- Deaf and hearing impaired people can enjoy the huge inventory of videos on YouTube. (The still frame that opens this post is from an announcement by President Obama in response to the Chilean earthquake. Making emergency and other time-sensitive news available to those who cannot hear meets the requirements of laws and regulations in the US. And more importantly, it meets the moral or ethical standards we expect from a civilized society where we include everyone in the polity.)
- If you’re in a noisy environment or located close to others who will be bothered by the audio, you can figure out what the video is saying even without benefit of headphones
- Small companies can afford to provide captions on their webcasts, often the heart of learning about new products
- Non-native speakers of English have a much better chance of understanding speech at ordinary (rapid) rates with the assist of captions
- Captions provide input to machine translation services, so that there soon will be captions in other languages besides English as well; as automated speech-to-text technology improves, we’re going to see other input languages as well
- Captions provide much better input to (current) search technology than speech does, so there’s hope of finding segments of videos that might not appear in written form
Professional captioners need not despair
I read the YouTube blog post of March 4 and the comments following it, and recalled the announcement of the limited trial with selected partners last November. James expresses concern in his comment about the recent YouTube announcement that people, like him, who earn their living as captioners for post-production houses will lose their jobs as a result of the automated captioning. My response seconds HowCheap’s comment that professional captioners will continue to find work both as editors of the automated speech-to-text and for organizations prefer doing their own captioning. Organizations that produce professional quality video typically start from a written script, adjust for the few changes that happen in the spoken version, and then set the timing of the text with the video.
The huge number of videos on YouTube are uploaded by individuals or by small organizations who may not be aware of the benefits from captioning, and likely don’t know about the tools available. According to YouTube’s fact sheet: “Every minute 20 hours of video is uploaded to YouTube.” That’s a volume that is beyond the capacity of professional captioners and the organizations that employ them.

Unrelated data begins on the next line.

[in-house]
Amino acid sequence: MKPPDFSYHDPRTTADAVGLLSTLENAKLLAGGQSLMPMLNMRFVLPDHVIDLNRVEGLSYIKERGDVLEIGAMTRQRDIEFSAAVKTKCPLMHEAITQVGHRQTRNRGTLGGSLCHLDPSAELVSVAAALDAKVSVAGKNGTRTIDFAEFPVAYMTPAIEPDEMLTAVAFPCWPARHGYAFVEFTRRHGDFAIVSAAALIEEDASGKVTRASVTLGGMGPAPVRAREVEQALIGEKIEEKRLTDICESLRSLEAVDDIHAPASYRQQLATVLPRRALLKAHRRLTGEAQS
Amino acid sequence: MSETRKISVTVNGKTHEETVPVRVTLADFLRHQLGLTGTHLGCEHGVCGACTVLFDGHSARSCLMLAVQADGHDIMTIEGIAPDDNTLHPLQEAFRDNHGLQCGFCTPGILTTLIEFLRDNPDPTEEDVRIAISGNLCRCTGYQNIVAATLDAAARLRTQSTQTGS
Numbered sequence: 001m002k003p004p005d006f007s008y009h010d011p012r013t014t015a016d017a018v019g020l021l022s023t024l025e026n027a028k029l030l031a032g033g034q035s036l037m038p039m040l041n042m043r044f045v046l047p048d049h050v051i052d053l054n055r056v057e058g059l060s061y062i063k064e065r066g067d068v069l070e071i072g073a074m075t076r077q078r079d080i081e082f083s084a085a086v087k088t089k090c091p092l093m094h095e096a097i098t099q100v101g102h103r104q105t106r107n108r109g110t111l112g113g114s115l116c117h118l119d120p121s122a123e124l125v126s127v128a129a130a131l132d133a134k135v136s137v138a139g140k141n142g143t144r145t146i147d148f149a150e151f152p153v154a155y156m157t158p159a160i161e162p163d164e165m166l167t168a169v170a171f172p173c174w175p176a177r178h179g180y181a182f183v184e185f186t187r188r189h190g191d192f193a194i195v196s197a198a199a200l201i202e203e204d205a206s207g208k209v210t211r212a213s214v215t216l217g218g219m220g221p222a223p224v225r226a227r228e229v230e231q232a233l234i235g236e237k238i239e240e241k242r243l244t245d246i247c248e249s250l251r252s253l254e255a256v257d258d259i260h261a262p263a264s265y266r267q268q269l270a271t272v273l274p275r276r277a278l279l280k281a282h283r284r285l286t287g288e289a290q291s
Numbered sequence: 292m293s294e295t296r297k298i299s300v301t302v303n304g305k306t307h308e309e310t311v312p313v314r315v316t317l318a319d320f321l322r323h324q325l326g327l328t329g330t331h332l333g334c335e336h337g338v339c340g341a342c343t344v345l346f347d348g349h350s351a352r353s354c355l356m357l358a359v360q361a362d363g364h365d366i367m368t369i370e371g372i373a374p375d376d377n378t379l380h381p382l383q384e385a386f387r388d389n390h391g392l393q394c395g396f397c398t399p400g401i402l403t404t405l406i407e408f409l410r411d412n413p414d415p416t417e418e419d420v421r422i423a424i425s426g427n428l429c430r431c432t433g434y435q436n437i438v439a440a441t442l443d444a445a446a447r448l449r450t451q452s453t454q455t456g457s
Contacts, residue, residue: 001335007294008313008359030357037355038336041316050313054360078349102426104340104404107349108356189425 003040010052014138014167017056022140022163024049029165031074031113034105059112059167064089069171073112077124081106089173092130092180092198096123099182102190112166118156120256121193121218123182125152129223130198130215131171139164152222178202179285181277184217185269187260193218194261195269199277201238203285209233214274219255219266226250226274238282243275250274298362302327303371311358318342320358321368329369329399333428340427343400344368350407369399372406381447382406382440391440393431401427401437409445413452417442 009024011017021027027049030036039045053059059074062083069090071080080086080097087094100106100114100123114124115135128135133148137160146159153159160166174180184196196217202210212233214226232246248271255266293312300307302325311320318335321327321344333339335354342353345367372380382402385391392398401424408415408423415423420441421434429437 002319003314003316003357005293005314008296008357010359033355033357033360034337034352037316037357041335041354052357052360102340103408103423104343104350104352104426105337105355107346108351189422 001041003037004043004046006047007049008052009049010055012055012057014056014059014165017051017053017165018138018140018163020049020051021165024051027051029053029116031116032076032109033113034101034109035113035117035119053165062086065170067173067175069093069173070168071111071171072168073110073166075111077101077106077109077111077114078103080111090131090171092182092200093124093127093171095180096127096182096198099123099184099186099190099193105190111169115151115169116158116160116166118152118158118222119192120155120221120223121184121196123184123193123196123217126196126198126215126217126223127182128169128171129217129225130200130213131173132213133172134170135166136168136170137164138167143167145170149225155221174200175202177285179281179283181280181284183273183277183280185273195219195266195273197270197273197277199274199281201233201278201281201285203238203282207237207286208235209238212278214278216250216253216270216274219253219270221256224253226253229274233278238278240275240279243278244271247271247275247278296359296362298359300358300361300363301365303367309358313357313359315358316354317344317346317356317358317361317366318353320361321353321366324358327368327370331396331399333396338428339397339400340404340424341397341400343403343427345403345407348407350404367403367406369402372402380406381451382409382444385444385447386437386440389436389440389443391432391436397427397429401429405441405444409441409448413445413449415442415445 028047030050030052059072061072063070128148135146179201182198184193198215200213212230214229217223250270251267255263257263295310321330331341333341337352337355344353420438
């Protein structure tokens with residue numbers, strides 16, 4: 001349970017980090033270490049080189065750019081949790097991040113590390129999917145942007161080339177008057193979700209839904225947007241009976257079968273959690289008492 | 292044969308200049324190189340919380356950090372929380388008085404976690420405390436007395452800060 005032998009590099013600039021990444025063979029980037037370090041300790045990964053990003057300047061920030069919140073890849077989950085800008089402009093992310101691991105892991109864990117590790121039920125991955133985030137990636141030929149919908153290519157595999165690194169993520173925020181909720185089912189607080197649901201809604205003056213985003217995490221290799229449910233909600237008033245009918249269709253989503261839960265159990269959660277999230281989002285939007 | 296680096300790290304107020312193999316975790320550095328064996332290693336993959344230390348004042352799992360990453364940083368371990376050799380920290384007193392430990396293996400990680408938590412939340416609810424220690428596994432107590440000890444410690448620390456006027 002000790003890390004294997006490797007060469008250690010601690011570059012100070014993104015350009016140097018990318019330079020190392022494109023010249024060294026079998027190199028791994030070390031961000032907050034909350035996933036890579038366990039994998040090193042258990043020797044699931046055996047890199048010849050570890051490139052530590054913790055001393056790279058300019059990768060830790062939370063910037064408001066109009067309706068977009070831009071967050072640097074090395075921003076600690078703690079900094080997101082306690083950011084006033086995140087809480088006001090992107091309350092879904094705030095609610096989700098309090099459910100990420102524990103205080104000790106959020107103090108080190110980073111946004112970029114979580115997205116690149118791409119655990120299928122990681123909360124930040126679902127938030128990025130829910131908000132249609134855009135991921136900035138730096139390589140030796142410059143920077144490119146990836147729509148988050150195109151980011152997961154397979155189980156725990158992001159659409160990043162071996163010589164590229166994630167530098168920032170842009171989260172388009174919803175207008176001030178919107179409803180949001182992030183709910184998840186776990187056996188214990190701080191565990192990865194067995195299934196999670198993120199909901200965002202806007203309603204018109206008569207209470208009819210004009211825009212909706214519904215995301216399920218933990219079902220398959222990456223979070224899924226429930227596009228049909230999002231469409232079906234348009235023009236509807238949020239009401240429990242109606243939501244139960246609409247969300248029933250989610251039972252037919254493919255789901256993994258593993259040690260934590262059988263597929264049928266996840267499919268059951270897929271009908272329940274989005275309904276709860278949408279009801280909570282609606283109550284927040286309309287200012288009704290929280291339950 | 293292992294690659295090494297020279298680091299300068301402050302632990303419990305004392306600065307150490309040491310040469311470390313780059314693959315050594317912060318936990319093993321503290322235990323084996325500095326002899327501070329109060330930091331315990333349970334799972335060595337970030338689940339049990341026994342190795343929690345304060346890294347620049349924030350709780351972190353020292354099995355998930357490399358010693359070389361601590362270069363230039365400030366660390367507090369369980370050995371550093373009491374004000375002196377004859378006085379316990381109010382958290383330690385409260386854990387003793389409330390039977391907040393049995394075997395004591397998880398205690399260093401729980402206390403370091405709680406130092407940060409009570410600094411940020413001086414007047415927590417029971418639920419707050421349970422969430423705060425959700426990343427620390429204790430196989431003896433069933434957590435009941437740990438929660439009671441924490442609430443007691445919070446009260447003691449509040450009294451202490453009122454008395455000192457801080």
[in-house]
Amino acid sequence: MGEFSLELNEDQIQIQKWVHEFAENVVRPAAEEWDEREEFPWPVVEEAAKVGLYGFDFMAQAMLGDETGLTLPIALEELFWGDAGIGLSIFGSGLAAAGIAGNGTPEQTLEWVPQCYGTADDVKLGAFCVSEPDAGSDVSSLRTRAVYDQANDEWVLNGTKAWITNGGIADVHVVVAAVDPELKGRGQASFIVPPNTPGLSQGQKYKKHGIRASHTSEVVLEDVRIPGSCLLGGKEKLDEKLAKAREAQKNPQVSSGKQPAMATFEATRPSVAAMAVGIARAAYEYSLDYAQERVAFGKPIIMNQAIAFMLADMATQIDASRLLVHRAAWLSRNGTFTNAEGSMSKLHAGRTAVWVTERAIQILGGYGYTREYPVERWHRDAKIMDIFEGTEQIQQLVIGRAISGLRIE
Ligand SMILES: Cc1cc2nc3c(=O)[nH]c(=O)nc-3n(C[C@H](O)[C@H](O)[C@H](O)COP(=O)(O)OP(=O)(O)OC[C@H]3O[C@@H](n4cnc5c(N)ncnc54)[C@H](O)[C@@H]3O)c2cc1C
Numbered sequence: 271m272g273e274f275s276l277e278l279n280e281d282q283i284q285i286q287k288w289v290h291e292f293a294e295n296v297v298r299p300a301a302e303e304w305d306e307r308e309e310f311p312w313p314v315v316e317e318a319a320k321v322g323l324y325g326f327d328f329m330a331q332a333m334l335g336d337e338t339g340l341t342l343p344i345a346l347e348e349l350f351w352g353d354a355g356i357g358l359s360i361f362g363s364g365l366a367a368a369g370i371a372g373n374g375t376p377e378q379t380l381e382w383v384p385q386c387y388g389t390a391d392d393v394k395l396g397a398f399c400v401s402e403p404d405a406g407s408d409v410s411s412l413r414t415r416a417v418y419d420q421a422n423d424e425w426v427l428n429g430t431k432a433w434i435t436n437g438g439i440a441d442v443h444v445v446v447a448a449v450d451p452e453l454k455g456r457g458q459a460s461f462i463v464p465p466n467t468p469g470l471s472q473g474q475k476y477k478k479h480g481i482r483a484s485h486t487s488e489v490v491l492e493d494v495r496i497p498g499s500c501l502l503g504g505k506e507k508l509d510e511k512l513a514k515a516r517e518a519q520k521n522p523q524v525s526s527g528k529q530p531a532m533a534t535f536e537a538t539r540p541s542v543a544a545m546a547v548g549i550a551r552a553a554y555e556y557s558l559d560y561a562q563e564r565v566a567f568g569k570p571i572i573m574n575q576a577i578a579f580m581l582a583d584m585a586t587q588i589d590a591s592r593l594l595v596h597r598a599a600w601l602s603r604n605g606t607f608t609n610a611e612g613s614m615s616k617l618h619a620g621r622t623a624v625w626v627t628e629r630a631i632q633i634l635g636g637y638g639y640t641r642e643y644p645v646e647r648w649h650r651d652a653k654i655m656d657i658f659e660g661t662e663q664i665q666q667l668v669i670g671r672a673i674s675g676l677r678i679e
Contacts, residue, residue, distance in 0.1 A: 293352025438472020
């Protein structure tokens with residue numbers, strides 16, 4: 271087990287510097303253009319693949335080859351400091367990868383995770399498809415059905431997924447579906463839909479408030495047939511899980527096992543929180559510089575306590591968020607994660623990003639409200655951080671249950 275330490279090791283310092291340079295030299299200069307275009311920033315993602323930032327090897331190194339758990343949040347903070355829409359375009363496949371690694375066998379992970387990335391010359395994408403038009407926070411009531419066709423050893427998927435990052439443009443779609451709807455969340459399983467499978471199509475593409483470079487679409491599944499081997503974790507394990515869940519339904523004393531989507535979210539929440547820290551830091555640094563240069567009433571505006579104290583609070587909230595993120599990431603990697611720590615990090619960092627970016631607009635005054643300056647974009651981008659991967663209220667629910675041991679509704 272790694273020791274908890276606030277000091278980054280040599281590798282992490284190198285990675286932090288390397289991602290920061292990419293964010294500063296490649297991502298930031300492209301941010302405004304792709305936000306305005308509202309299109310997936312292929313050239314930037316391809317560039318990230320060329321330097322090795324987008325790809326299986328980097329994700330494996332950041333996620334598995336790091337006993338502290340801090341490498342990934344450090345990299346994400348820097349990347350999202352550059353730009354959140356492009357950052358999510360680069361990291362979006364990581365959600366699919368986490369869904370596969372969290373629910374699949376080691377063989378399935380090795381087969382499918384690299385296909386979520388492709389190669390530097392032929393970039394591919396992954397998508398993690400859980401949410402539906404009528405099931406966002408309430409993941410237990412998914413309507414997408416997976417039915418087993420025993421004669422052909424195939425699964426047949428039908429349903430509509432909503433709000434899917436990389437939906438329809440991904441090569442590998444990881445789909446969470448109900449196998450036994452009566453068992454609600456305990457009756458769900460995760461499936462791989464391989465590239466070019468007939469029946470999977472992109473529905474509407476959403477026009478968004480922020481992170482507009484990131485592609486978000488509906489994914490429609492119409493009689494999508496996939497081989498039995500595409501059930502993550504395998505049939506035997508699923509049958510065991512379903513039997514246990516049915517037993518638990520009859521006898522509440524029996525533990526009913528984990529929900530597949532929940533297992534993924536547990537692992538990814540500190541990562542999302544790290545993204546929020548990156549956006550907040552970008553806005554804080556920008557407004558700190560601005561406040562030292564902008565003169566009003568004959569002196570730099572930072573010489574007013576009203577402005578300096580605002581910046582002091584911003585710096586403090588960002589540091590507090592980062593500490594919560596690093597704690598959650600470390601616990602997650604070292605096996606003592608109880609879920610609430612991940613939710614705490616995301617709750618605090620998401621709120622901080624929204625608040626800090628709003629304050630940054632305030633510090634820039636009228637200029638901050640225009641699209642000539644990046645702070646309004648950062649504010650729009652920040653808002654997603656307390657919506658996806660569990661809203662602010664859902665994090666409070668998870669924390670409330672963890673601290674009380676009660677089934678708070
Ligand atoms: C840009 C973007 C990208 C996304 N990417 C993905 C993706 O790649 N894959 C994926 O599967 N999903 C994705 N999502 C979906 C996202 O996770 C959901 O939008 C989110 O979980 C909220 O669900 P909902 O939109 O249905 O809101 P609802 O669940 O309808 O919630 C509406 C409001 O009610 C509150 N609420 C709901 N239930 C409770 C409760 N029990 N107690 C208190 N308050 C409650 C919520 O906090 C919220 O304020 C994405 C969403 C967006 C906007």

A proposal for improving the quality of captions
How shall we improve the quality of automatically produced captions?
I’d like to see interpreter training programs (ITPs) make editing automated captions a course assignment, a program requirement, or a component of an internship. Engagement with spoken language, not one’s own, is a challenge. People phrase things in ways you don’t; they use unfamiliar vocabulary and proper names (streets, towns, people, products) that I need to look up. Both ITPs for training sign language interpreters and those for people learning to interpret between 2 spoken languages may allow entry to students whose skills in listening, writing or spelling may be lacking. How many caption-editing assignments are enough? Shall we also coordinate quality checks by others in the same or a different program? Such assignments will guide students toward greater appreciation for the challenges of speech in online settings, with a task that provides an authentic service.
VRS and VRI
In the case of ITPs for sign language interpreters, the improved listening to online speech is great preparation for work settings such as VRS and VRI. Video Relay Service (VRS) in the US is regulated by the FCC: deaf signers who cannot use the telephone (because their speech is not intelligible and they cannot hear well enough to understand speech over the phone) make use of intermediaries (interpreters) to communicate with hearing non-signers. (Think of simple tasks such as calling the school to notify them that your child will be absent; scheduling a haircut; ordering a pizza for delivery, not to mention more complex transactions involving prescriptions, real estate contract negotiation, billing disputes.) Video Remote Interpreting (where the deaf and hearing parties are physically together, with the interpreter remote from them) is a service with similar requirements for the interpreter (listening to speech over a phone or data line, and rendering accurate translations in real time).
Broad multi-disciplinary open source content quality
Programs training instructors in English as a Second Language (ESL) could also participate. Students in speech therapy and audiology would benefit from both the direct engagement with spoken language “in the wild” and with future colleagues in other disciplines. There are advantages to engaging a variety of people who are studying for professions that emphasize expertise in spoken and written English.
Looks like an open source content development effort to me. Yes, it will require a little bit of coordination, but not terrific overhead. How about it, ITP program directors?